My friend Jane wanted to celebrate New Year (belatedly) with our friend Michael, she had a big tin of caviar and a bottle of champagne, all I needed to do was provide something to put the caviar on. Traditionally my favorite vehicle for caviar or Lox are corn cakes, but given how special this caviar was I wanted to make something a bit more fancy. Brioche immediately came to mind. Buttery and rich: perfect for Crème fraîche and deliciously briny caviar.I’ve made Challah before with pretty good success. The one time I tried to make Brioche before this, it was a catastrophe and it’s taken me this long to try again. This time I did way more research . At one point I had 4 cookbooks with 4 different versions of this classic french bread. It was amazing at how complicated and varied they were. Some called for just all-purpose flour others called for just bread flour. Two of them had elaborate rituals around how the butter was to be prepped, in Julia Child’s recipe cold butter was to be walloped with a rolling in. In Tartine’s recipe there is a preferment which is then added to a dough which then has the cubed chilled butter which is then beaten until pliable but not soft, oy!
Then there was Daniel Steven’s recipe in The River Cottage Bread Handbook. His recipe I immediately took to because he calls making Brioche straightforward and then proceeds with the instruction to: mix everything together and knead, this is my kind of recipe!
The crumb is tighter than the light fluffy pictures in the other recipes. Instead of two small traditional loaves I made one large loaf which I baked in a loaf tin. Turned out beautifully tho it did have a crack in it. This is pretty typical in a lot of loaves you make, but I think is not something that is suppose t happen in Brioche. Nonetheless it was delicious and when toasted with salted butter provided an excellent platform for caviar. It would also be great with cream cheese and lox or, for the more simple among us: butter and jam!
In the bowl of a standing mixer fitted with a dough hook add: 3 cups plus 2 tablespoons of bread flour, 1 1/2 teaspoons of active dry yeast, 2 teaspoons of salt, 6 tablespoons of whole milk, 2 tablespoons sugar, 7 tablespoons room temperature butter (high fat cultured butter if you have it otherwise regular works great too), and 4 large eggs well beaten.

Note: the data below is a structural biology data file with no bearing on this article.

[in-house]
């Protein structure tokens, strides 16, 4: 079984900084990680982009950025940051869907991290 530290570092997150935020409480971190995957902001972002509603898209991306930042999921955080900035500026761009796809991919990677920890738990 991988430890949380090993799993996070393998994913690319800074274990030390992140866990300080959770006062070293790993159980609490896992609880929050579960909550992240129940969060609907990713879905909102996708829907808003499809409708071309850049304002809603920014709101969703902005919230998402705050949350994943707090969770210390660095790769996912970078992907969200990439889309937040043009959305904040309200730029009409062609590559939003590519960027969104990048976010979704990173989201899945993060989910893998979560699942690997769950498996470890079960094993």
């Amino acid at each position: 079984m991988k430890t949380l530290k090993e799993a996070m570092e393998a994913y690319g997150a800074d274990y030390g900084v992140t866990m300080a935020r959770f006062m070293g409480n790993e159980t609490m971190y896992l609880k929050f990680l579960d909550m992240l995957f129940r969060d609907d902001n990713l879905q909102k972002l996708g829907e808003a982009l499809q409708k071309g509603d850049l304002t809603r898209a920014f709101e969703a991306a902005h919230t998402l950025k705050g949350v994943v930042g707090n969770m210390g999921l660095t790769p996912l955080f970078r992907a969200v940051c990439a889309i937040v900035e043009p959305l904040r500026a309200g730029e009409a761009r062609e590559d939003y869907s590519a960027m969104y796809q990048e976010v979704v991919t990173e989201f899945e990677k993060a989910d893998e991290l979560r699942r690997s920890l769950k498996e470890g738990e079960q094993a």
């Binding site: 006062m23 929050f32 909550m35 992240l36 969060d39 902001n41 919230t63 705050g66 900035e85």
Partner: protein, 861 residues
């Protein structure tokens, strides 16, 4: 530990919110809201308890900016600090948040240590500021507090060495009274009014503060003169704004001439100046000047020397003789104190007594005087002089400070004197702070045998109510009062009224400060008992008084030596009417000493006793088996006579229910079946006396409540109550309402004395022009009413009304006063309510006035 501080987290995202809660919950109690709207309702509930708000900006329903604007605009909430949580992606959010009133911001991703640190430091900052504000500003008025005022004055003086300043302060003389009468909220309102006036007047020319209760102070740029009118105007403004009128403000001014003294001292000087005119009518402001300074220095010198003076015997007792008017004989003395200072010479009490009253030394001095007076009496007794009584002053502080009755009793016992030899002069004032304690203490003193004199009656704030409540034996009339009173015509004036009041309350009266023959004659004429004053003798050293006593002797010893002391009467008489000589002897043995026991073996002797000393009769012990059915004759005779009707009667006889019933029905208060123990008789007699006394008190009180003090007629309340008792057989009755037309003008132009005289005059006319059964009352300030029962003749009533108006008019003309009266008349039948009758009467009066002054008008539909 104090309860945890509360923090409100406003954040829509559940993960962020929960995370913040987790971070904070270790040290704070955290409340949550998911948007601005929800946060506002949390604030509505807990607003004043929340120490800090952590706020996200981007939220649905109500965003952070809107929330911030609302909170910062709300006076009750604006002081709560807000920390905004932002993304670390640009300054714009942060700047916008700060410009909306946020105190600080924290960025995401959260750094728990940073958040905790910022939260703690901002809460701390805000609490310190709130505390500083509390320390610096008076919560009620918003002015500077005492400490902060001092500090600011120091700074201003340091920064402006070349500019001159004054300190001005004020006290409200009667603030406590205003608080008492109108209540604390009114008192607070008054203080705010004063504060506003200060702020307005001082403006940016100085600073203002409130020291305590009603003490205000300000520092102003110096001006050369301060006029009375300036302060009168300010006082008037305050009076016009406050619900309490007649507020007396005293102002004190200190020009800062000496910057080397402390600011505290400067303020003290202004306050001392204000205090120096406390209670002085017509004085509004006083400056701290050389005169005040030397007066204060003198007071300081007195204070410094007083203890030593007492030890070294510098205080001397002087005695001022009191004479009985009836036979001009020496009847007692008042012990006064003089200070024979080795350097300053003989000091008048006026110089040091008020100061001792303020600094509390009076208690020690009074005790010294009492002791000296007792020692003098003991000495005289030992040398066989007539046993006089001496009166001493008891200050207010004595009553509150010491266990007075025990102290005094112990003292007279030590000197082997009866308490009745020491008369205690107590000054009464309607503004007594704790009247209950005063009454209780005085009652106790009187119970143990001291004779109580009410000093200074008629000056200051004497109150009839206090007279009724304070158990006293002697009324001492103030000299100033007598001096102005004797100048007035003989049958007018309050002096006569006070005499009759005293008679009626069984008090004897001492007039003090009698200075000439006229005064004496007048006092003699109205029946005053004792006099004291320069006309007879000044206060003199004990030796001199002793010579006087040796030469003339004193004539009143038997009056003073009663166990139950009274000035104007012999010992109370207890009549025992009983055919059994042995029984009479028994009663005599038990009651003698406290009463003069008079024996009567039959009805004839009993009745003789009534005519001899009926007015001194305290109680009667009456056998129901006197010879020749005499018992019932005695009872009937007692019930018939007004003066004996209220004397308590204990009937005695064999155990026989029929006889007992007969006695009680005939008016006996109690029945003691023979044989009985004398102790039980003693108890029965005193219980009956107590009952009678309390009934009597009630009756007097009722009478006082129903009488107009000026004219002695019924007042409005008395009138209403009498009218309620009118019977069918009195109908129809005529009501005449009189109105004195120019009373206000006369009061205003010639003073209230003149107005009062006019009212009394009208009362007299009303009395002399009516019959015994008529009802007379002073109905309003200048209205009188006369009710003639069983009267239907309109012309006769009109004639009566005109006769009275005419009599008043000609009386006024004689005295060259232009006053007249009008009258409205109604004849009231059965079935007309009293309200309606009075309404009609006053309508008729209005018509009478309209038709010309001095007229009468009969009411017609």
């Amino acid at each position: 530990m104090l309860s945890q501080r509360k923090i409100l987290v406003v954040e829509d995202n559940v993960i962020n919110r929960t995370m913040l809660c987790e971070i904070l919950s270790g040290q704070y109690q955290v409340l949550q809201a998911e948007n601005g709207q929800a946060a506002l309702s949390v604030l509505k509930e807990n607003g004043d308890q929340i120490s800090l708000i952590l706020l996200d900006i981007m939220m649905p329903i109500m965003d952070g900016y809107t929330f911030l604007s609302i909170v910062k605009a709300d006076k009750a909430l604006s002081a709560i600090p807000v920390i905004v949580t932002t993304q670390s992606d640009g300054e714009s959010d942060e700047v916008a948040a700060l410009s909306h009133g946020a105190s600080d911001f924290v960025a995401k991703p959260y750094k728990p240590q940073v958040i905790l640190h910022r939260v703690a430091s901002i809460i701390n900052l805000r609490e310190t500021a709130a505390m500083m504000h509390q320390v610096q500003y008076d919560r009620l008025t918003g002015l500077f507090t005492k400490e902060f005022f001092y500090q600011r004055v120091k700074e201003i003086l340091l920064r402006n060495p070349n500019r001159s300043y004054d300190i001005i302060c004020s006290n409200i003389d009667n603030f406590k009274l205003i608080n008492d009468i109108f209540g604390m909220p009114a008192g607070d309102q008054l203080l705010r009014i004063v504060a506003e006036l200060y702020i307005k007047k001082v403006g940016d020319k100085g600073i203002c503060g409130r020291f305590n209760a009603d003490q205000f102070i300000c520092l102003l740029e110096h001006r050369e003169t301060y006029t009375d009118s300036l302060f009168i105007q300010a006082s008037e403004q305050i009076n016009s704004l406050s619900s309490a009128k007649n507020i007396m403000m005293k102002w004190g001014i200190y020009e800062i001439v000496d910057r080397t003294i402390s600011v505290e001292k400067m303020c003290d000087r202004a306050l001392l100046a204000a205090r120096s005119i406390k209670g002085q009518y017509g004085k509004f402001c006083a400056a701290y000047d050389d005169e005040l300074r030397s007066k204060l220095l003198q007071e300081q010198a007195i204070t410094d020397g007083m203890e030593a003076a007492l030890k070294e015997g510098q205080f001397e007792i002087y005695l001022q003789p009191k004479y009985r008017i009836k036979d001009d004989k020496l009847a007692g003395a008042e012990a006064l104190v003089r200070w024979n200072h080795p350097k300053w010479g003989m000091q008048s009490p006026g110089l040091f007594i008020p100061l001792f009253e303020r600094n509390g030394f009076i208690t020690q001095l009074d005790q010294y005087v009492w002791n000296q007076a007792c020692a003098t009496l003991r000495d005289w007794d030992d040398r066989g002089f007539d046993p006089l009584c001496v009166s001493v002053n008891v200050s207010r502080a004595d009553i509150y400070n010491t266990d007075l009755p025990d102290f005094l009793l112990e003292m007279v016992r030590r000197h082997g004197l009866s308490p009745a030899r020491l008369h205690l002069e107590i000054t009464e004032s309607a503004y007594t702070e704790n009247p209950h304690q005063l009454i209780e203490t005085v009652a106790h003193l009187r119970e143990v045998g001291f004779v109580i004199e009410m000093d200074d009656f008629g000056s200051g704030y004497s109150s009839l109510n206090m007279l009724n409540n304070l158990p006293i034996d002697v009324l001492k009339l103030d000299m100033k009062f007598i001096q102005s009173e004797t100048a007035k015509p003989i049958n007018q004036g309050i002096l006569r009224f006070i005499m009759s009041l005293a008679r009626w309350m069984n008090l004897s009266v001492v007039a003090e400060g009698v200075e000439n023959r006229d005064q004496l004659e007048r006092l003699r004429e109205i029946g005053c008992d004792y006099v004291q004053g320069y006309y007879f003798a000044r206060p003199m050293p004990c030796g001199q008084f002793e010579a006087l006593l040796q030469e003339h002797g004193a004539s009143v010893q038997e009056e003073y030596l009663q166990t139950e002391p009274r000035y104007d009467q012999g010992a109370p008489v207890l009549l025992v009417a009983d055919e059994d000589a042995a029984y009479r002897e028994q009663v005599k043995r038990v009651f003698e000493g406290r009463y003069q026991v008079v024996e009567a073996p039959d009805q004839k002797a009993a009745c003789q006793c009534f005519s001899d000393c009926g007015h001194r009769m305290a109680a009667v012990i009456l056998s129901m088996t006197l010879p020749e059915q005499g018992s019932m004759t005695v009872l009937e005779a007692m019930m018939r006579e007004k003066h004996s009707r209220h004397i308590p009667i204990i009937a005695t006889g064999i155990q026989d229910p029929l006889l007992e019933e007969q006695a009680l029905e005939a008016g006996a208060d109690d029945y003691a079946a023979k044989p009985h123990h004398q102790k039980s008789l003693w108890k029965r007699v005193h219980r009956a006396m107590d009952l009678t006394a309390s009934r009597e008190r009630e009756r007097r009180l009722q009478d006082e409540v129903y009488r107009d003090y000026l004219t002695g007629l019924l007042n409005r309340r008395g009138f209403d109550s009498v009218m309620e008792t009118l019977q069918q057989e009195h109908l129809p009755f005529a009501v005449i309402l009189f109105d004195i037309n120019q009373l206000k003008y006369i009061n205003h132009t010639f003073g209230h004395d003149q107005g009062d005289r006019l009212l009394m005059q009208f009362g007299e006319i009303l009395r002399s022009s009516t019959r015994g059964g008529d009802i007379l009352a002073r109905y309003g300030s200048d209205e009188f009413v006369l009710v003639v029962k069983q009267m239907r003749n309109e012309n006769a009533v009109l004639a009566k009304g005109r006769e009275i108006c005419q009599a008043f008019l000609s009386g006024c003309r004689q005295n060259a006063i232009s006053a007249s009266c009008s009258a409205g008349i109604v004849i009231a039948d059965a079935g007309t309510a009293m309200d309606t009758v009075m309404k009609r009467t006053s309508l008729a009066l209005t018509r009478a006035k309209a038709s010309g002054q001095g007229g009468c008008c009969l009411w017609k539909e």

Mix on medium/low for about 10 minutes, until the dough is pliable, smooth and shiny.
Form the dough into a round and cover, let rise in the fridge over night. I made this in the morning and wanted to bake it before bed, so I like it sit in the fridge about 9 hours — Mr Google tells me “over night” means 8-10 hours.
Remove the dough from fridge, at this point you can either divide the dough into 2 pieces on a lightly floured surface and shape into loaves to be baked on a baking sheet. Or leave the piece whole, shape to fit into a loaf pan.
Cover the dough and let proof for 3-4 hours (mine took closer to 4, it should double in size).
Preheat the oven to 400 F.
Make a glaze by wishing together: 1 whole egg and 2 tablespoons milk.
Brush the loaves with the glaze. If you want an extra dark and shiny look wait for a few minutes and glaze again.
Bake for about 10 minutes, then reduce the heat to 350 F and bake further for another 30 minutes or until gold brown. Let cool on a wire rack.I’m not a bread expert so I am not sure why this crack appeared, it didn’t affect the bread in any way (it was delicious) and I even think it looks nice, but Brioche is not supposed to crack. Could it be from over proofing? If anyone reading this has any ideas I’d love to hear them. Again, it really wasn’t a problem the bread tasted great.
I’ll find out more as I continue to explore Brioche making. This is part 1 of a four-part series. Yes, I am going to make all 4 recipes and see which one works and tastes best.
2016 the year of Brioche!